Now that you know why you need a preventive maintenance program, it’s time to do something about it. We can all agree that reacting to unexpected equipment failures is more expensive, less efficient and more disruptive than a proactive approach.
Still, scheduling inspections and maintenance tasks in order to prevent issues before they occur can seem overwhelming when you consider all of the equipment on your plant floor. Where to begin?
Follow these 5 simple steps to set up a preventive maintenance program that will reward your efforts with increased efficiency, less downtime, and improved overall operations.
Before you begin assessing, analyzing and inspecting, get specific about your goals. What, exactly, do you hope your preventive maintenance program will achieve? Defining your goals will help you prioritize and shape your program.
Is your motivation to reduce expenses? Focus on minimizing downtime and reducing costs associated with unexpected repairs, from the price of emergency spare parts to maintenance labor.
Are you looking to increase efficiency and maximize output? Plan to squeeze the most production time possible out of your machines. Perhaps you’re focused on regulatory compliance. In that case, your driving goal would be to improve your planned maintenance percentage.
Inventory Your Equipment
Taking stock of your equipment is a crucial step. Software can help simplify this process, as you’ll be collecting a range of data for each essential piece of equipment.
Start with basics like make and model, serial number, vital specs and location of the equipment. Beyond these essentials, record secondary information like the age of the equipment, its condition and the department or individual who is responsible for it.
While you’re collecting data, give your equipment a priority rating that reflects how crucial the machine is to your overall operations. This rating is a good starting point for the assessment involved in the next step.
Make note of prior failures for each piece of equipment so you can be sure to build in preventive maintenance tasks associated with problem areas. Recording this information now will help you track maintenance costs and determine if and when a piece of equipment needs to be replaced.
Analyze & Prioritize
Take a closer look at the data you collected about the state of your equipment (age, condition, etc.). Deeper analysis at this stage will help you start making some important decisions.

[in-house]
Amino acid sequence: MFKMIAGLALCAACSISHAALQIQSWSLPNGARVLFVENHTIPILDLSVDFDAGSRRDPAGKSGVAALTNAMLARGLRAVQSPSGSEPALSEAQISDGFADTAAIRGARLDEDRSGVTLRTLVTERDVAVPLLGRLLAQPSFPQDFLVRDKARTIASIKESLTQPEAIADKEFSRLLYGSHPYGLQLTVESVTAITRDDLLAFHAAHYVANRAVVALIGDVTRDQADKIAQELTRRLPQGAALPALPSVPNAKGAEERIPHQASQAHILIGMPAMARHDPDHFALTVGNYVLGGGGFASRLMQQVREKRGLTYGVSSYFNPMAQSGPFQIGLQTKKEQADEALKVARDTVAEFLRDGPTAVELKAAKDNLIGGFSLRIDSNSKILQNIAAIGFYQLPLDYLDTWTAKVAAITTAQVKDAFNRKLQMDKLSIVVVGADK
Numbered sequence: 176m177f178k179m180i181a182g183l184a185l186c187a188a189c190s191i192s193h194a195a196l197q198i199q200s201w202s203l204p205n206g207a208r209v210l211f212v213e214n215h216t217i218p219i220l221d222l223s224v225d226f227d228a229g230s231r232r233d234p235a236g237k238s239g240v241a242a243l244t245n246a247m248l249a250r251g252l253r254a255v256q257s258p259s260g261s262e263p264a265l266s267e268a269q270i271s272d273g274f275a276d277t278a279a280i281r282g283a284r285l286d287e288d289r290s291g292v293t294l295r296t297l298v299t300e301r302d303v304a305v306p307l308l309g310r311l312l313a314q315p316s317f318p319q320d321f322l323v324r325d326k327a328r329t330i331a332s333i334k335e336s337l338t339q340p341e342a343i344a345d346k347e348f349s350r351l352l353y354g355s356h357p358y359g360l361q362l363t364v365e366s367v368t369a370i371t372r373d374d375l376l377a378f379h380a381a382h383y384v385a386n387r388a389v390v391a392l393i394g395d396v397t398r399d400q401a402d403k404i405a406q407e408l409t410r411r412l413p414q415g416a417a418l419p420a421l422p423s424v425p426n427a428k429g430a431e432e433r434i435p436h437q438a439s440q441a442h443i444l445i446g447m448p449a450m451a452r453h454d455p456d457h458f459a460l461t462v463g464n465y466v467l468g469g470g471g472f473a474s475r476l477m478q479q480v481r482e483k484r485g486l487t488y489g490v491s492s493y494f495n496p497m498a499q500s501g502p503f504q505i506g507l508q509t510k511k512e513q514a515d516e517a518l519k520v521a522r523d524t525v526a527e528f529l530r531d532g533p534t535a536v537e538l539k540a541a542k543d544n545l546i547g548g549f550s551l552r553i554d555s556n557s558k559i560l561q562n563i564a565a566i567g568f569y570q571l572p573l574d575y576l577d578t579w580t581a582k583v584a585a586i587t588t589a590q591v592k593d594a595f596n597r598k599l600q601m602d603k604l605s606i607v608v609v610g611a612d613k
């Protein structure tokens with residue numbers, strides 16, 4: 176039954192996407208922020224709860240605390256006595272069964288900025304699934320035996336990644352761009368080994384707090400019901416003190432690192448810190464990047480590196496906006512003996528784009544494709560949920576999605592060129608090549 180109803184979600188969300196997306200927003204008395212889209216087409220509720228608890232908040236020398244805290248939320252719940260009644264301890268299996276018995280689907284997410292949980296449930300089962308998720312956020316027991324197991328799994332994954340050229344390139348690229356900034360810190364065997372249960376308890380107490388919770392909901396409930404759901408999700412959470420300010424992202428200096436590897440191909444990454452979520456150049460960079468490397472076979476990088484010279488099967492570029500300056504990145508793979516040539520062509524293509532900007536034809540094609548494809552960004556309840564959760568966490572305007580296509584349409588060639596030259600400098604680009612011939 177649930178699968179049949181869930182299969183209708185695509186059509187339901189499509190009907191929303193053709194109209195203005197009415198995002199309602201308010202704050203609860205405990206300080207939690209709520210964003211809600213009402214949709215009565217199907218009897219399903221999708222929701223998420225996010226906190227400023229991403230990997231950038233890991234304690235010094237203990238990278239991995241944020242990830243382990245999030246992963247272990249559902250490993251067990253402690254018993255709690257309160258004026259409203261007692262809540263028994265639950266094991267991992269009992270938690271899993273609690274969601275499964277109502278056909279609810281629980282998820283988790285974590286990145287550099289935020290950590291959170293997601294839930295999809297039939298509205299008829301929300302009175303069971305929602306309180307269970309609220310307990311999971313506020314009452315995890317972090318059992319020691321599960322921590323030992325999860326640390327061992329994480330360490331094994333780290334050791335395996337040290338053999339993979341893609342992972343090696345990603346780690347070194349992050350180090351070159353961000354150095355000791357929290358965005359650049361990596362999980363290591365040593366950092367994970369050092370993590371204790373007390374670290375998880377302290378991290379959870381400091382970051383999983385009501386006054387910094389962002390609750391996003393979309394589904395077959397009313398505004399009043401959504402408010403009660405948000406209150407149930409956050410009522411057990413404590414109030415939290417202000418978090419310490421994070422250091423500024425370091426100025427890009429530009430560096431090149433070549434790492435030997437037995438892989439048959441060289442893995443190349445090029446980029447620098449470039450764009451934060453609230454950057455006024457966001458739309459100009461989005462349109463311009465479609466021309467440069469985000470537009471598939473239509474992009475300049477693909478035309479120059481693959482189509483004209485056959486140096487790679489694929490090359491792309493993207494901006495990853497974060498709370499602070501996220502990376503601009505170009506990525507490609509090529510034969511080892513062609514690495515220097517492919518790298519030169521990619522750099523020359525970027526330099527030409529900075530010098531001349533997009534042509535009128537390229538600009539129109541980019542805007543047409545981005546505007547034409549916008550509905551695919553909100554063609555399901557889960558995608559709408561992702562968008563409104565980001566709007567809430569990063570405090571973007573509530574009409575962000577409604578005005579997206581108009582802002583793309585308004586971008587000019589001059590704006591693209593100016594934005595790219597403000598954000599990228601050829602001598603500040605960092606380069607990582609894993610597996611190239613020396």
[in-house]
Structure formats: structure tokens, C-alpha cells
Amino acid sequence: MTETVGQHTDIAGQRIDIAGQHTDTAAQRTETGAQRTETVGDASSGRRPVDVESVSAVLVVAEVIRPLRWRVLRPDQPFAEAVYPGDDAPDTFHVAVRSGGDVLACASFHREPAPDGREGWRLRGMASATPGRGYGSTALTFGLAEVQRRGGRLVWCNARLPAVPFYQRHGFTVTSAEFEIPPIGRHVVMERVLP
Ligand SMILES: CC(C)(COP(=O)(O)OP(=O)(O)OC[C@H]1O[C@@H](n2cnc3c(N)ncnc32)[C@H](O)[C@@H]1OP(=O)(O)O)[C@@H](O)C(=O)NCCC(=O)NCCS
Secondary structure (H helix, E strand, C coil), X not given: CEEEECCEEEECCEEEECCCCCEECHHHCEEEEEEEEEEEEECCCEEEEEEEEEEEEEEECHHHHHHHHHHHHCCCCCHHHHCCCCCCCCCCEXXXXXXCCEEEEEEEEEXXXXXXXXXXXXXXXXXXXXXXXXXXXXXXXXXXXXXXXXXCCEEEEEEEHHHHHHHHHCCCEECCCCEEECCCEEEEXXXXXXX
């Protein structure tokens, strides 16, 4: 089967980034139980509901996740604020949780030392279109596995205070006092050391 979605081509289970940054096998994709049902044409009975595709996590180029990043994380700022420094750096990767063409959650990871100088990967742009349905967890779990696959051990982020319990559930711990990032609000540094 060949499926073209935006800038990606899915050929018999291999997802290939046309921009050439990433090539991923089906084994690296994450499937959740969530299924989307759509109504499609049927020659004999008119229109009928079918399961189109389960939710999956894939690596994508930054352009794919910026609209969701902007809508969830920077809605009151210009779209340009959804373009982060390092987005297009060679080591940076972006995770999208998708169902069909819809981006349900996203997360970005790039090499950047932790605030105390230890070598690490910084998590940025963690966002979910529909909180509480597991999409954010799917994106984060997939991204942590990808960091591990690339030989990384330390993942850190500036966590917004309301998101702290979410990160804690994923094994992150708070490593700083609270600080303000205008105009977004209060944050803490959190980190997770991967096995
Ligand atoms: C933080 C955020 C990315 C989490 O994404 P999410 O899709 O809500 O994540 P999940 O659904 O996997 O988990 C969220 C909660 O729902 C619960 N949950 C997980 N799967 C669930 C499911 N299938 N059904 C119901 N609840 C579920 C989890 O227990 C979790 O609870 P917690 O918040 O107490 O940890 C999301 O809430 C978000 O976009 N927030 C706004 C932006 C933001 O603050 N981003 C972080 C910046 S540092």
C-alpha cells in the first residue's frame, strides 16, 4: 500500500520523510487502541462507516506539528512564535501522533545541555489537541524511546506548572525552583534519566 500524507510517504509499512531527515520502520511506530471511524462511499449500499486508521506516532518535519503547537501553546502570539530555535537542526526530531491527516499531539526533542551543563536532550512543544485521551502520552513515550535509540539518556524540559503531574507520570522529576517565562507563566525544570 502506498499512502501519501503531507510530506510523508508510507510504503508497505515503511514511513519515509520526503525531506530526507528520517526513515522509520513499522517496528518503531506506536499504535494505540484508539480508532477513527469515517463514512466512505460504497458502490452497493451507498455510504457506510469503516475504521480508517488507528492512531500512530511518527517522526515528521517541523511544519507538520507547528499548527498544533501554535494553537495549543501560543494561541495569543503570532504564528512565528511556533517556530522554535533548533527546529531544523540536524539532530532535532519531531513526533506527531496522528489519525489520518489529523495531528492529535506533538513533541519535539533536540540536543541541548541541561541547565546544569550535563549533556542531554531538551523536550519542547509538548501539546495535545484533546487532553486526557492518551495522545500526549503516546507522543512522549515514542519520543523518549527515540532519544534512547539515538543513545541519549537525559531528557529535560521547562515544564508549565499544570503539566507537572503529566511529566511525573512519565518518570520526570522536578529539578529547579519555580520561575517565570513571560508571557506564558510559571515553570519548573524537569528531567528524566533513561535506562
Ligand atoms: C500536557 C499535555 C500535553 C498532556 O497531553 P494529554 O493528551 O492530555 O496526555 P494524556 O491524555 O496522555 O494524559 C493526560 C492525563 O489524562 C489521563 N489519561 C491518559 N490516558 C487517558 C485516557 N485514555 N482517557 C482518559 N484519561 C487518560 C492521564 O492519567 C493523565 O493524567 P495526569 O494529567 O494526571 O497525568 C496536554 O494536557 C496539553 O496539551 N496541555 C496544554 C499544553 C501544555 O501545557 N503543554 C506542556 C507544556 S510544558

The goal is to assess the health of each piece of equipment and rank it by priority. Start by determining if the machine is operating at manufacturers’ specifications.
As you hone in on the current operational status of each asset, start to prioritize them. How crucial is each piece of equipment to your operations? How significantly would a failure affect production or even safety?
You may find that some of your equipment doesn’t make the cut for your preventive maintenance program. This is a good time to determine which units need to be retired and replaced. For machinery that’s on its way out, it may make sense to simply replace or repair it when it fails.
Once you’ve prioritized your list of equipment, set realistic operational goals for each machine so you can track the effectiveness of your preventive maintenance efforts.
Plan & Schedule Maintenance Tasks
Starting with your highest priority equipment, set a maintenance schedule for short- and long-term preventive maintenance work. Create a schedule for the entire year, breaking it down into daily, weekly, monthly, quarterly, bi-annual and annual tasks.
Source: Plant Engineering Maintenance Report, March 2017
When determining what’s necessary to maintain your machine, start with manufacturer recommendations and warranty conditions, then consider the equipment’s history and any input from those who regularly work with the machine.
For each scheduled task, list the work that needs to be completed, outline the procedures and include any necessary parts or tools. Do the same for each piece of equipment on your list, again prioritizing your most crucial machinery. Preventive maintenance software can simplify the scheduling process.
Delegate Tasks & Train
Get the most out of your new preventive maintenance plan with proper training. Take the time to thoroughly train the people who will be carrying out the maintenance tasks, big and small. This includes clearly communicating goals, from the overall purpose of your program down to specific goals for each piece of equipment.
The individuals working on the equipment will be directly involved in reaching these goals, so make sure to celebrate successes, report on progress and keep your entire team informed about the benefits of your preventive maintenance program.
Setting up a preventive maintenance program doesn’t have to be difficult, but we’ll admit that there’s a lot of legwork involved. If your resources are already spread thin, consider outsourcing your preventive maintenance program to MW.
We’ve set up countless preventive maintenance programs for a wide variety of clients over the years, and we’d be happy to help you get up and running.